“Back in 5 minutes,” said the note taped on the door.
I checked my watch. I had time to wait. Finally, I was going to see the inside of Caravan Book Store. The small storefront on South Grand Street in downtown Los Angeles has a window full of old and rare books, but my visits were always off—too early or too late.
I perused the crowded shelves filled with treasures, but in the end returned to the front and bought Our Vanishing Wilderness, the first book that had caught my eye when I walked in. Filled with photographs of wild places and the creatures that inhabit them, the book was published in 1969—the year I turned eleven.
Flipping through its pages took me back to the family vacations of my youth.
In the 60s my folks purchased a small camping trailer and we began taking trips to the national forests in Colorado and New Mexico, an easy day’s drive from our home in western Kansas. Once Dad located the perfect campsite, we kids were eager to finish the chores—gathering firewood and hauling water. Free to explore, we climbed boulders, forded snow-cold streams, chased chipmunks.
In the 70s we started venturing farther, starting with a vacation to Arizona and Nevada. We hiked the rim of the Grand Canyon, played on a beach at Lake Mead, were dazzled by the lights of Las Vegas. A few years later we went to California, camped in an orange grove and saw the Pacific Ocean for the first time.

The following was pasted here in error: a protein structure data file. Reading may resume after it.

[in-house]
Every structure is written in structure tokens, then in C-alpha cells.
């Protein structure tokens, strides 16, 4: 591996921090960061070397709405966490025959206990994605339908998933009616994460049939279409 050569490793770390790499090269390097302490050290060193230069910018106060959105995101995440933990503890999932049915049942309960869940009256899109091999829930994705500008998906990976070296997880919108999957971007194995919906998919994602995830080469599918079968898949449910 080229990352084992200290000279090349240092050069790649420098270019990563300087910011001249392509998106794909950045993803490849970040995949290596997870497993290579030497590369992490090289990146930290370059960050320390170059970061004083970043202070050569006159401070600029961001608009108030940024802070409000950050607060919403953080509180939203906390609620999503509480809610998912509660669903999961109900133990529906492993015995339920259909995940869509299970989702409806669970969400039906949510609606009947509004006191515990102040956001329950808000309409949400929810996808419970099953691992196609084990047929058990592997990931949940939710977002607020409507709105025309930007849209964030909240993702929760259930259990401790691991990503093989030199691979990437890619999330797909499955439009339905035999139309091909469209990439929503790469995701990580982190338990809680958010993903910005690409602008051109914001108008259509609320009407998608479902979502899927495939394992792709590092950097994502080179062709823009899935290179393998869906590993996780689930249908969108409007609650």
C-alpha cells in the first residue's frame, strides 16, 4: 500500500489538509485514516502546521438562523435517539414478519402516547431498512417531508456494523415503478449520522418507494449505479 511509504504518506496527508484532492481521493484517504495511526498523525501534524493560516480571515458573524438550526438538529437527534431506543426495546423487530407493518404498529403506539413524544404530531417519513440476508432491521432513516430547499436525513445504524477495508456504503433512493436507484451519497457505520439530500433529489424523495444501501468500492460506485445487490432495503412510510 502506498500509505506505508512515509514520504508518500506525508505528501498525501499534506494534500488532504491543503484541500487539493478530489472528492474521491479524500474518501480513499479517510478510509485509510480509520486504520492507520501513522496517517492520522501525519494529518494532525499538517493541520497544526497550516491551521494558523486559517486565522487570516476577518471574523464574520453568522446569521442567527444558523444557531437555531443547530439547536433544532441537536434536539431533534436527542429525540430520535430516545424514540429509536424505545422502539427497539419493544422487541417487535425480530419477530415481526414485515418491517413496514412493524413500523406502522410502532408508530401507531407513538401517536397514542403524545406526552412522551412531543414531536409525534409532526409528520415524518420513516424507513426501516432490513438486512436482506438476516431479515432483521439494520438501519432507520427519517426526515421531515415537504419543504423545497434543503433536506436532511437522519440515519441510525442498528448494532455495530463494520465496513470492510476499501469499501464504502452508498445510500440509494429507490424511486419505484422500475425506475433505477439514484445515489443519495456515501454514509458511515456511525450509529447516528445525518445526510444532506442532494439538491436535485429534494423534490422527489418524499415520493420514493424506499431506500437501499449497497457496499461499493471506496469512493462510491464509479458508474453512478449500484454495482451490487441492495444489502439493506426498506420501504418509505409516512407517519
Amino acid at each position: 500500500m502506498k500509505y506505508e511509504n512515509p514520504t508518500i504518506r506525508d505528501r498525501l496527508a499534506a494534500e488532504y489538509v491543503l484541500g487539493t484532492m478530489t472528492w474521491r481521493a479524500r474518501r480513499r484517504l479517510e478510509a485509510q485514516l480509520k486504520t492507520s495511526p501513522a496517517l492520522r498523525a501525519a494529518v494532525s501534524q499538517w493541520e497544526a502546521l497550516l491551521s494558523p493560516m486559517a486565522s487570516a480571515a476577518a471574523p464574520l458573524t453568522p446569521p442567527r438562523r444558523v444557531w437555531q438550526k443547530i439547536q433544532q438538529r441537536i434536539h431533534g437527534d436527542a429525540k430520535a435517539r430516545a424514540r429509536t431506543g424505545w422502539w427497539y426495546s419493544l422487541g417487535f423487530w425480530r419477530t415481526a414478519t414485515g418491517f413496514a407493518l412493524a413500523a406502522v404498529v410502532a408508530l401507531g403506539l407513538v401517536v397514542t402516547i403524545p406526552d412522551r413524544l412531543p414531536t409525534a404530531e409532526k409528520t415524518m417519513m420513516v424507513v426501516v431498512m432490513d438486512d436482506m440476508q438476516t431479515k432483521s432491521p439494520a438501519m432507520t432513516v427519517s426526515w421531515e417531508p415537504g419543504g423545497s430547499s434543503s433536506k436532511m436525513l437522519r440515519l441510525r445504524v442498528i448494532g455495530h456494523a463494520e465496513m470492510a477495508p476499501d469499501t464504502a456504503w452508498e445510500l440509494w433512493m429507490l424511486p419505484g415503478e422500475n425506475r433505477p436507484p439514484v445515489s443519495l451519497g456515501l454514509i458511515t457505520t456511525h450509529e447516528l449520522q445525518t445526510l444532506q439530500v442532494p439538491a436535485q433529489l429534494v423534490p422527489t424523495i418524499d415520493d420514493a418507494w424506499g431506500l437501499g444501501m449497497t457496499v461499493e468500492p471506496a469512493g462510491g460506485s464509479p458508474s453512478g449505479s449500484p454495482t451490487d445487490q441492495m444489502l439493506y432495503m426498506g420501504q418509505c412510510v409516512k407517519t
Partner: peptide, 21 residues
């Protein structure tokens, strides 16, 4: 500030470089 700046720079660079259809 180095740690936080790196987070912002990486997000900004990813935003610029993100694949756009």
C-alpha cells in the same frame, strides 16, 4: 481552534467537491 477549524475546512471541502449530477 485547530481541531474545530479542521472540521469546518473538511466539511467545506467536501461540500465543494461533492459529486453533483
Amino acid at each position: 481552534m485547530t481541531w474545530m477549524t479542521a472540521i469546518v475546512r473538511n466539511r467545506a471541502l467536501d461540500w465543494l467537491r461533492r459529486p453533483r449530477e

Our last big trip before I left for college was to New Orleans where we savored powdered-sugar dusted beignets, listened to jazz at Preservation Hall, and got our first glimpse of the Mississippi River. My most vivid memory of the trip occurred at some forgotten campsite in northern Louisiana where we spent a night on our way south. The landscape was unfamiliar to us—trees were draped in Spanish moss, long-necked white birds perched on the backs of cows, and water didn’t move. After dark sitting around the campfire, the heavy air was split open with the voice of a lone bullfrog. Soon another joined and then another until the night was filled with an entire choir, singing a hoarse serenade.
Written and photographed in the mid-60s Our Vanishing Wilderness marked the beginning of our country’s awareness of what we were about to lose. Within four years of its publication the Endangered Species Act was law and Earth Day an annual celebration.
Its words remind me to pick up my binoculars, to check on the pair of robins nesting in a piñon tree outside my bathroom window, and to never take for granted the croak of a bullfrog.